Yesterday, we reported on Solar Junction's record-setting CPV efficiency levels and we suggested that a fundraising round was imminent. (See below for more details.)
Today, we've learned from sources extremely close to the company that the firm is in the midst of closing a $30 million D round. This is a necessary equity piece to match the potential loan guarantee the company is working on. It has been a strong week for this startup helping to enable the cost-effectiveness of CPV technology. Green Energy Reporter broke the initial news on the funding, which we confirmed with company insiders.
, the compound semiconductor startup, just set an NREL-validated world-record efficiency of 43.5 percent efficiency for a commercial-ready CPV cell.
This 43.5 percent number comes just two months after Solar Junction reported achieving an NREL-verified 41.4 percent efficiency, and three months after announcing that 40.9 percent had been achieved. The company continues to raise the bar for CPV, improving the chances for concentrating photovoltaics (CPV).
Modest gains in CPV cell efficiency can translate to significant reduction in levelized cost of energy (LCOE) -- so the increase is not trivial and bodes well for continued progress for the startup and the CPV industry as a whole. And these are not really modest gains -- actually, they border on garish.
Additionally, the firm is on a short list of finalists chosen for post-selection due diligence within the Department of Energy’s (DOE) Loan Guarantee Program (LGP). The loan would support construction of Solar Junction’s 250-megawatt capacity manufacturing facility in San Jose, California.
Solar Junction expects to begin shipping commercial cells this year.
An investor colleague with deep experience in CPV had this to say: "I think this represents a great validation of Solar Junction's technology platform. The fact that this demonstration is on a production cell rather than small-footprint hero cells is impressive for the company at this stage and means that we can expect more interesting results in the future. Along with scale, cell efficiency is a key driver for CPV costs and can accelerate adoption in the market, as well as increasing reach to high-value, lower DNI areas."
CEO Jim Weldon made a recent appearance at an IBF/Cleanedge venture capital event in Palm Springs -- an indication that the firm is in the market for further VC funding. This was confirmed by GreenEnergy Reporter, which reported that the startup has hired an investment bank to help raise cash. Typically, DOE loan guarantees require a parallel amount of venture funding -- and these achievements don't hurt his chances.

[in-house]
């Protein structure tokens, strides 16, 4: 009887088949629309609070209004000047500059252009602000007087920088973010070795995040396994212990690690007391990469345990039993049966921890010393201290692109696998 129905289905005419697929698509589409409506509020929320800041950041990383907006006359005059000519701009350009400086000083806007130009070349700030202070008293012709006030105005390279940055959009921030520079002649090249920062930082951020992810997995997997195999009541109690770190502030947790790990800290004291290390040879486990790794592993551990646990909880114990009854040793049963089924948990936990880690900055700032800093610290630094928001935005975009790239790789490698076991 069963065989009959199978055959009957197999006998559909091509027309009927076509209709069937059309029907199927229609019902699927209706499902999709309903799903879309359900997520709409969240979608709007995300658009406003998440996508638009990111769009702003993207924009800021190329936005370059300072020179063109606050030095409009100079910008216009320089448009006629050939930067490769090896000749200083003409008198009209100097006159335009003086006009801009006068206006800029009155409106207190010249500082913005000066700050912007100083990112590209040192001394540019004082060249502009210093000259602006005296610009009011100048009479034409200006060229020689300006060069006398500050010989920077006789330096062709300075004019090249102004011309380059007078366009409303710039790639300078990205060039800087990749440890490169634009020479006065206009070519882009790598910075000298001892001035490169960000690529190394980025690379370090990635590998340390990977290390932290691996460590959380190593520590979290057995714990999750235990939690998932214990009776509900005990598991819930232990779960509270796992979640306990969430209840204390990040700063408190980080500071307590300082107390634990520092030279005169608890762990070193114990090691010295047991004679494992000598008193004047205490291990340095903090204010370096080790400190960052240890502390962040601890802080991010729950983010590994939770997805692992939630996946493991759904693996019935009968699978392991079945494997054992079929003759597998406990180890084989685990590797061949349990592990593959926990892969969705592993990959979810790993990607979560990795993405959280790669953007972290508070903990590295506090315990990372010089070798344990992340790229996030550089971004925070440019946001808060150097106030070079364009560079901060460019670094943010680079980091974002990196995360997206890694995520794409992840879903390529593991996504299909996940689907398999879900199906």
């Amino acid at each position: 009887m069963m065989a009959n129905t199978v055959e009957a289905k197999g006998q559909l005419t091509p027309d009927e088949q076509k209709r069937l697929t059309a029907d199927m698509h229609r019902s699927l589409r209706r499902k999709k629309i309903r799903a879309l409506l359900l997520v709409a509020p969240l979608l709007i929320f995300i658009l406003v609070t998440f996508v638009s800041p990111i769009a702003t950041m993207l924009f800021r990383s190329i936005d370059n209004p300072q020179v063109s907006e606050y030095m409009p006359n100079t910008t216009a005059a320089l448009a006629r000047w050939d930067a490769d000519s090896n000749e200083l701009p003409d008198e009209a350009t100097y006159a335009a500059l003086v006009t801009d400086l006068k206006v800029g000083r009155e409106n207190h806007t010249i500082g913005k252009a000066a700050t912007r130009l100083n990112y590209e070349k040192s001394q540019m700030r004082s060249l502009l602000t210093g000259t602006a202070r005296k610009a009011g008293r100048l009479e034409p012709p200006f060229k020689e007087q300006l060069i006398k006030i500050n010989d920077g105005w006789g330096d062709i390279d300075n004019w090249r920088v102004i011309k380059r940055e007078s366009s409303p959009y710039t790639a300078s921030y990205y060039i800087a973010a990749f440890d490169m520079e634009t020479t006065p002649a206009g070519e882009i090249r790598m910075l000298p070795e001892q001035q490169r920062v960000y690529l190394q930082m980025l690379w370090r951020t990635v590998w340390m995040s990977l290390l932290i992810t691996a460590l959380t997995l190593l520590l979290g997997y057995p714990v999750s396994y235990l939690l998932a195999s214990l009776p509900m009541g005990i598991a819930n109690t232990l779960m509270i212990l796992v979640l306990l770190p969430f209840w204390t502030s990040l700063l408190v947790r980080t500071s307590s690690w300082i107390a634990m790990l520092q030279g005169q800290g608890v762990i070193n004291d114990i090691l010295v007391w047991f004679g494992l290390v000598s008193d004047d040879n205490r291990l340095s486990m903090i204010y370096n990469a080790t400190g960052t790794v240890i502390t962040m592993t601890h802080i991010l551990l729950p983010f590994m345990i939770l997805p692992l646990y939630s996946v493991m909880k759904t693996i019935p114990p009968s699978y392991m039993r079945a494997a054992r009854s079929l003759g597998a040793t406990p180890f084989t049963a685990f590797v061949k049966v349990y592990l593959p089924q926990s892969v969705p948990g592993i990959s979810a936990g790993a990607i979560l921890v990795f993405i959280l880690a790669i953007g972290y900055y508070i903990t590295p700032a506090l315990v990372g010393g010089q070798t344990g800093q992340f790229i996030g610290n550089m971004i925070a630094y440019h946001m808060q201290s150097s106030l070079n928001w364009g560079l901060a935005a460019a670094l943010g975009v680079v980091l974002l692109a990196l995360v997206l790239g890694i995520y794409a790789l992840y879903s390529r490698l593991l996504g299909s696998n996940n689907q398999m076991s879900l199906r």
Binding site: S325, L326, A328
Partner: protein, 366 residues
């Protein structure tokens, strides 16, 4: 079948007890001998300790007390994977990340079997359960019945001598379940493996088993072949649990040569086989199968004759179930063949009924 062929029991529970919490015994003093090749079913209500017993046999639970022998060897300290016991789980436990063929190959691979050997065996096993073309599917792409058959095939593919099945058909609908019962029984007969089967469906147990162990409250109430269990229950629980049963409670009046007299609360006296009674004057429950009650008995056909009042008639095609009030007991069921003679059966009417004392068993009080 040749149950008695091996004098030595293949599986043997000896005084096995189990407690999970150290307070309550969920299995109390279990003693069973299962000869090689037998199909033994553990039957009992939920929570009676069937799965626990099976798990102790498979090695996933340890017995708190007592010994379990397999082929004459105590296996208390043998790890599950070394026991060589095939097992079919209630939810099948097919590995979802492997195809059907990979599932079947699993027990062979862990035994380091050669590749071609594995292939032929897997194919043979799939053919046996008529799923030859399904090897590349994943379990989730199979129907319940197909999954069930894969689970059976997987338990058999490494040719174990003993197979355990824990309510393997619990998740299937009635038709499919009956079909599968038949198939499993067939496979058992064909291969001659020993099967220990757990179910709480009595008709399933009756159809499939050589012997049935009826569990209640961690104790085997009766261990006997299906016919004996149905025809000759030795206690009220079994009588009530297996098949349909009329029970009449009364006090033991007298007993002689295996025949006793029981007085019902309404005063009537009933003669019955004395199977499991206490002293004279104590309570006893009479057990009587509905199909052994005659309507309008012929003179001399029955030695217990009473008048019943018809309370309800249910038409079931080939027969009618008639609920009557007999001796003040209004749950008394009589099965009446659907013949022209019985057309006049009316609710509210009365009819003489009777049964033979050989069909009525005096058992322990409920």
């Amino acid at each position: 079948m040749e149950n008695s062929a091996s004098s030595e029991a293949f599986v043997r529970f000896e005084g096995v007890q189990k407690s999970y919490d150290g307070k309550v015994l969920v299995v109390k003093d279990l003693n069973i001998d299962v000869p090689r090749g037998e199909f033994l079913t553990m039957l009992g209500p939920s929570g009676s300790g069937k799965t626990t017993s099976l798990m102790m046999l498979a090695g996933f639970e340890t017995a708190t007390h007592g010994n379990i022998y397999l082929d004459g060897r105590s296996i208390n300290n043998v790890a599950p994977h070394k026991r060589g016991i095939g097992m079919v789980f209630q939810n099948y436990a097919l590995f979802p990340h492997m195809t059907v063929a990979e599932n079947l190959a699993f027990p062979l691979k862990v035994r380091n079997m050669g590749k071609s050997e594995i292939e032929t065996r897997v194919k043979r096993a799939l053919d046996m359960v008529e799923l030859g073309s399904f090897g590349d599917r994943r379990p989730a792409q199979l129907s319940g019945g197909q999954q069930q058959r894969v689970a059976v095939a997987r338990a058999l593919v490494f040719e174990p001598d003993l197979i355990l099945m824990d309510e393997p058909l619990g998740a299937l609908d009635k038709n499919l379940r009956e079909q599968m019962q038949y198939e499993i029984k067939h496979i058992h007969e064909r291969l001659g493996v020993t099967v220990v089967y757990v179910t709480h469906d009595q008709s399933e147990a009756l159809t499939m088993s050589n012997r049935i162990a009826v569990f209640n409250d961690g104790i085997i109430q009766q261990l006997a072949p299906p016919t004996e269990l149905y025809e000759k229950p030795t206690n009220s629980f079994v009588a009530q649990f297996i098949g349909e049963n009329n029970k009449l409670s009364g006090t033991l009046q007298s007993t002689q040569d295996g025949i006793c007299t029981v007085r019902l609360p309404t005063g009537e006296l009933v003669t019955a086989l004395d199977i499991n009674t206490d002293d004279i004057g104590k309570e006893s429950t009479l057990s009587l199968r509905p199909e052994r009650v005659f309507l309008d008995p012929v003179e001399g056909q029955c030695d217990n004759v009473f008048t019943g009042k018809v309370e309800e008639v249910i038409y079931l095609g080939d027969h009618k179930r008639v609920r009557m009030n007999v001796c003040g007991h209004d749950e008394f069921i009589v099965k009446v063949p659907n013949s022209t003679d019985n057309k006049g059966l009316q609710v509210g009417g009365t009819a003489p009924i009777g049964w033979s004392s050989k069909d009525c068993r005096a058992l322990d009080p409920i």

Other developers of CPV chips include established vendors Emcore, Spectrolab, Azure Space and newcomers like JDSU, Cyrium, Spire, Semprius, and QuantaSol. New CPV system technology has been introduced by REhnu and ZentithSolar.Draper Fisher Jurvetson
, Advanced Technology Ventures and New Enterprise Associates are investors in Solar Junction and have put more than $20 million into the firm. The startup has also received $3 million from the DOE's solar incubator program.
2011 could be the year that concentrating photovoltaics break through. Finally.
There is a backlog of CPV projects among system builders Amonix, SolFocus, Concentrix, Opel, and Emcore. PPAs have been signed by utilities like Southern California Edison for tens of megawatts of CPV power.
The labs at Stanford University are the site of Solar Junction's technology genesis. There, VP of R&D Homan Yuen developed the one-electron-volt (1ev) bandgap platform in a lattice-matched material. Many of the record-setting efficiency cells use metamorphic or non-lattice-matched materials.
Lattice-matched means that the boundaries of different semiconductor materials, i.e., their junctions, don't strain or shift during operation. It's an indication of the structural compatibility of two materials. Strain at the boundary of the materials can cause dark-line defects and other faults that negatively influence the performance and lifetime of these sophisticated solar cells.The Value of Efficiency
Efficiency is always important in photovoltaics, but it's probably even more important in CPV. According to the firm, a one percent improvement in efficiency at the cell level can result in a three percent to four percent reduction in the cost of the system -- and further improvements could improve cost in an accelerated, non-linear fashion.
Jim Weldon, the CEO of Solar Junction said that they were "delivering on the efficiency promise they made when they started the company." He spoke of an efficiency road map that reaches up to 50 percent in lattice matched cells.
According to a soon-to-be-released CPV report from GTM Research, annual CPV installations will grow from 2 megawatts in 2009 to 750 megawatts in 2015. Those numbers suggest that the market will more than double every year for the next six years, growing much faster than the PV market as a whole. If these predictions prove accurate, 750 megawatts of CPV in 2015 would account for about 2.5 percent of the total solar PV market, meaning that CPV would remain a specialized solution suited for locations with poor water resources and high DNI.
This is an aggressive forecast and will require the cooperation of developers and banks in accepting the LCOE and reliability projections of the leaders in CPV. But the recent announcements from SolFocus, Soitec and Amonix seem cause for optimism.
Progress in cell efficiency will absolutely help the CPV cause.